How To Brew: Pour Over

FOR A CLEAN, CLEAR & CONSISTENTLY BRIGHT CUP

Whether you’re a new home brewer or a seasoned barista, making your coffee with a pour over method can work for you.  Pour overs accentuate intricate flavors when compared to other brewing methods. This makes it a popular choice for good quality specialty coffee since it allows the flavors and aromas to shine. While some may be baffled by the time and intricacies poured into making one cup of coffee, once you  taste the results of a well brewed pour over, your skepticism will begin to erode away and the calming motion of pouring water over coffee will become a meditative part of your morning routine. *we brewed in a Chemex for the video above

WHAT YOU NEED

    • WHOLE BEAN COFFEE
    • BURR GRINDER
    • POUR OVER COFFEE MAKER
    • COFFEE FILTER
    • HOT WATER JUST OFF THE BOIL (200-205°F)
    • DIGITAL COFFEE SCALE
    • GOOSENECK KETTLE

DIRECTIONS

1. RINSE THE FILTER: Fold the filter into a cone shape and rinse it in your pour over dripper with water just off the boil (about 205°F) to eliminate paper flavor and to heat up the mug or carafe you are brewing into. Discard the rinse water.

2. GRIND & MEASURE: The amount of coffee and water varies depending on the type of coffee you are brewing and your preferred strength. As a starting point, we recommend using 50 grams of coffee and 800 grams of water for a Chemex (1:16 ratio) and 21 grams of coffee and 360 grams of water for cone-shaped pour over brewers.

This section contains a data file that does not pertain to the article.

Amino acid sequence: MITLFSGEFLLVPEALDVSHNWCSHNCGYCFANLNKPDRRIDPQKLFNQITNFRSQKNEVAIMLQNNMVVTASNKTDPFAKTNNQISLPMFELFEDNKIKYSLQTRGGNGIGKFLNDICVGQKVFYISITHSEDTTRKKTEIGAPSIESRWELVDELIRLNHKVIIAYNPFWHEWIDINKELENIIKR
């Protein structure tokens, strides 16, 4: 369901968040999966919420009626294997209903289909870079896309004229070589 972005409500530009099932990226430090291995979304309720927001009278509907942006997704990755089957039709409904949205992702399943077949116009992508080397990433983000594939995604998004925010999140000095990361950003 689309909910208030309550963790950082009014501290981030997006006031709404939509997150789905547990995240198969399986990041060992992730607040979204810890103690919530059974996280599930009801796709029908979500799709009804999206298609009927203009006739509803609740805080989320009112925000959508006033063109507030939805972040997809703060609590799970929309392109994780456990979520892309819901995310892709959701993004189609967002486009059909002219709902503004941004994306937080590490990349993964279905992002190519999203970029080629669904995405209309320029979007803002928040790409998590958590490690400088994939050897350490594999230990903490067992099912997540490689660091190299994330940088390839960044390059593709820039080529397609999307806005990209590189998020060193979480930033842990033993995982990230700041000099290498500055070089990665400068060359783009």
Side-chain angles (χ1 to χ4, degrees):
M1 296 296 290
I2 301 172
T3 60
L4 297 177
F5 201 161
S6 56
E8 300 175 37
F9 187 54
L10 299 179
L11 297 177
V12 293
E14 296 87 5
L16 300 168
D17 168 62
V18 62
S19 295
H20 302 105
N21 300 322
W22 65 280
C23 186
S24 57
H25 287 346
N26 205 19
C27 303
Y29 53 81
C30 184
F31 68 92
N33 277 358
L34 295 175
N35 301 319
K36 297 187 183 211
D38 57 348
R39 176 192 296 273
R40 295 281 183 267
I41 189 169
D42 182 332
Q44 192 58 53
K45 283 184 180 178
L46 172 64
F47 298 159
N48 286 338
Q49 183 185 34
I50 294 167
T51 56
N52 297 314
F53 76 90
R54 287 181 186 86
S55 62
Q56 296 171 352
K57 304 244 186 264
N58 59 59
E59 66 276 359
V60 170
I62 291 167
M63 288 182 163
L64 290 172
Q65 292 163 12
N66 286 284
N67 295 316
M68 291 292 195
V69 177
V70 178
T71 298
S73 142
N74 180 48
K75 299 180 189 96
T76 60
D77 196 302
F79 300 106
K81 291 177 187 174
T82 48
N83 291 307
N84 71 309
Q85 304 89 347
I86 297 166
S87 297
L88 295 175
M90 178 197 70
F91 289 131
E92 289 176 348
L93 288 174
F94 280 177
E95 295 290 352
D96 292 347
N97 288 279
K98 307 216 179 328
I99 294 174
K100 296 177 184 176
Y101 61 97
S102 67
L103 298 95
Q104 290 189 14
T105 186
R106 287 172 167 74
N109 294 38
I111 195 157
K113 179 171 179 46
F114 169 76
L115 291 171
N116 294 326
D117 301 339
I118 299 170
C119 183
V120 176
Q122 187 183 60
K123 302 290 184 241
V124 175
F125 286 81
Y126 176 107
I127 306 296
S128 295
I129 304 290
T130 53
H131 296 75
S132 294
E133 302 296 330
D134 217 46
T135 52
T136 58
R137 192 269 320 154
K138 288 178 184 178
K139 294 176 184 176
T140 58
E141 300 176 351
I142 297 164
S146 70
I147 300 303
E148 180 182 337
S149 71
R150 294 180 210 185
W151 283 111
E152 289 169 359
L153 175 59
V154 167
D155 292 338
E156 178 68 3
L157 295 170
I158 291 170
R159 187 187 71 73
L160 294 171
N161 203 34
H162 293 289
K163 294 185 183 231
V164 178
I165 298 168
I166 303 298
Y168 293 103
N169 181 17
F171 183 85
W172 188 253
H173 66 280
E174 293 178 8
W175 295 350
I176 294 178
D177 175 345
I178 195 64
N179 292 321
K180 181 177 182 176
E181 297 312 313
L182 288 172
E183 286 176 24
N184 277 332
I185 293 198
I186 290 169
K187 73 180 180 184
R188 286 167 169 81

[Chemex] Grind 50 grams of coffee to medium-course setting resembling sea salt.

[Cone-shaped pour over brewers] Grind 21 grams of coffee to a medium-fine setting to be as fine a kosher salt.

Pour your coffee into your coffee filter and shake slightly to flatten the bed.

3. THE BLOOM: There will be four pours total, and this is the first. Saturate the grounds with water right off the boil (about 205°F) by using just enough water to cover the grounds. Starting at the bed's center, gently pour about twice the amount of water that you have coffee into your grounds (for example, 100 grams of water if you have 50 grams of coffee) Let it bloom for 30-45 seconds. Coffee de-gasses or “blooms” when it’s fresh–the coffee bed should raise up and bubble a bit. A solid bloom ensures even saturation.

4. POUR: Starting in the center of the grounds, pour in a slow and steady spiral toward the outer edge and then back toward the center. Repeat the same pour pattern in 3 equal pours until you yield the amount of coffee you need. 

[Chemmex] we recommend using 50 grams of coffee and 800 grams of water (1:16 ratio)

[Cone-shaped pour over brewers] you should pour continuously until you reach 360 grams for a 10 oz cup of coffee (if using 21 grams coffee initially).

Allow the water to drip through the grounds entirely.

ENJOY!

    PRO TIPS

    • Always use fresh coffee, and adjust your grind and proportions to taste.
    • You should pour in slow and steady spirals to keep things even. A  gooseneck kettle really helps you with precision
    • When pouring - avoid the light spots, go toward the dark
    • Don’t use water to make coffee that you wouldn’t drink. Clean water = clean coffee. You’ll want your water to be at around 205 degrees or about 30 seconds off the boil.
    • Using a consistent water to coffee ratio will help you with your dose. Then you can adjust for taste. As a general rule, we suggest about a 1:16, coffee to water weight ratio to start. In other words, for the Chemex we use 50 grams of coffee and about 800 grams of water.

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